Why I Serve: Arabic-Speaking Marine Looks Forward to Iraq Deployment
By Pfc. Lucian Friel, USMC
Special to American Forces Press Service
MARINE CORPS BASE CAMP LEJEUNE, N.C., Nov. 10, 2004 "Because I am Middle Eastern and speak the language, it will be easy for me to gain the Iraqi peoples' trust," Marine Lance Cpl. Ahmad M. Ibrahim said.
Marine Lance Cpl. Ahmad M. Ibrahim, 26, a native of
Philadelphia, speaks to a fellow Marine in Arabic to show him how it sounds.
Ibrahim will deploy with the 2nd Marine Division early next year. It will be
his first deployment. Photo by Lance Cpl. Lucian Friel, USMC
(Click photo for screen-resolution image);high-resolution image available.
The 26-year-old Marine reads, writes and speaks Arabic. He is being deployed to Iraq with the 2nd Marine Division early next year because of his language ability, one desperately needed by his unit.
Born in Kuwait and raised in Syria, Ibrahim was surrounded by violence for most of his childhood. He said this has helped prepare him for dealing with a violent society. "I was living in fear for most of my life. You learn to ignore the chaos, but in a war environment you become very fearful," Ibrahim explained.
In 1990, Ibrahim and his family were on vacation on the East Coast of the United States when the Gulf War broke out. "My parents decided it was best for us to stay in the U.S.," he said. "My first legal citizenship was here in America, because I was never a legal citizen in Kuwait and Syria."
Ibrahim graduated from Philadelphia's George Washington High School in 1995 and went on to graduate from Temple University. Being a college graduate, he had the opportunity to become an officer in the military but chose a different path.
"I went enlisted because I wanted that real experience," he said. Ibrahim enlisted with an Army Reserve unit in Newtown Square, Pa., but "wanted to experience something a little more difficult."
He joined the Marine Corps in late 2003, after serving a year and a half in the Army Reserve. During boot camp, Ibrahim was tested on his Arabic writing and speaking skills. He scored high and became a certified interpreter.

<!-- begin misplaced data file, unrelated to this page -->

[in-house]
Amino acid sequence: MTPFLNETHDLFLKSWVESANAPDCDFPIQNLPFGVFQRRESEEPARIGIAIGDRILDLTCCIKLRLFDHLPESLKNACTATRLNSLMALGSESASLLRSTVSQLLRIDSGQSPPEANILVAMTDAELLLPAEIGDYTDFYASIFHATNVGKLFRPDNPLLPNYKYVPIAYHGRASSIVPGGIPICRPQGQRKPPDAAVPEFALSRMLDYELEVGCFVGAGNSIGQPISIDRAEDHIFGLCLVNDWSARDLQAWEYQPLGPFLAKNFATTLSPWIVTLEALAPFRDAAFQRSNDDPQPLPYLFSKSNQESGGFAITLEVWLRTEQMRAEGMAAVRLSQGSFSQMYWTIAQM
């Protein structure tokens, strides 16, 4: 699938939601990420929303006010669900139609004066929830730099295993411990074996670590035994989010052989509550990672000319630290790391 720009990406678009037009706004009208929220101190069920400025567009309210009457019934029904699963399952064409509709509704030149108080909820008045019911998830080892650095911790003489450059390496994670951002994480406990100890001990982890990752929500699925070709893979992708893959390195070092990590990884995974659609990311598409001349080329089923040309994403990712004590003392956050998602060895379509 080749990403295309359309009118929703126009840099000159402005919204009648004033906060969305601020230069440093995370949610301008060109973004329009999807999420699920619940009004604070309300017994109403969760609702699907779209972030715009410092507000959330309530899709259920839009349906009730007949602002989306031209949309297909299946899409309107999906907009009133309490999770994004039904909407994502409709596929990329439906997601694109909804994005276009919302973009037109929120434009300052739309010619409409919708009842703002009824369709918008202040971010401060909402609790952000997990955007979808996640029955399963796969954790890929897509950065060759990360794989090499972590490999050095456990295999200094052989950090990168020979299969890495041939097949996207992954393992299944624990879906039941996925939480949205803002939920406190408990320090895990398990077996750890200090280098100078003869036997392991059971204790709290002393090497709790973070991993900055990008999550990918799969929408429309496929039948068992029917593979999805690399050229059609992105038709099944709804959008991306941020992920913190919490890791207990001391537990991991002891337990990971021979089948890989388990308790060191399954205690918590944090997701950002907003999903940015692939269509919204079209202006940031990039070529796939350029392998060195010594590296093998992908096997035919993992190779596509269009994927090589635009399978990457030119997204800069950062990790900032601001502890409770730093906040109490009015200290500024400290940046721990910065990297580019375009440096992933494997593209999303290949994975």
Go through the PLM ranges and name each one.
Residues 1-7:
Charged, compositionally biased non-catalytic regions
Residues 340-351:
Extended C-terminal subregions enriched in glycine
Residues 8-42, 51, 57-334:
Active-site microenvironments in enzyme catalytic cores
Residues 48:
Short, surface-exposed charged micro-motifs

He said he believes his skills will be useful for his unit in Iraq. "If we're on patrol and there are ambush signs warning us to keep out of an area, I can inform my fellow Marines and help them communicate with locals if they need to," he said with his slight Middle Eastern accent.
Ibrahim said he is excited about experiencing Iraqi culture. "I don't want to be behind a desk five miles away from what is going on," he said. "I need to be right there with my fellow Marines communicating directly with the Iraqi people."
The administrative clerk said he hopes to do all three of his Marine Corps jobs in Iraq. "I want to do my normal job with admin, but at the same time I know I'll be interpreting," he explained. "And I want to be a rifleman with the infantry grunts."
Ibrahim said he wanted to be a Marine because he enjoys military life. In Iraq, he will be able to help Marines and Iraqis communicate with each other, making it easier for Marines to help Iraq stand on its own two feet.
"I know I can contribute to the war effort," Ibrahim said. "And I am grateful for my abilities that have enabled me to be a part of this experience."
(Marine Pfc. Lucian Friel is a combat correspondent with 2nd Marine Division.)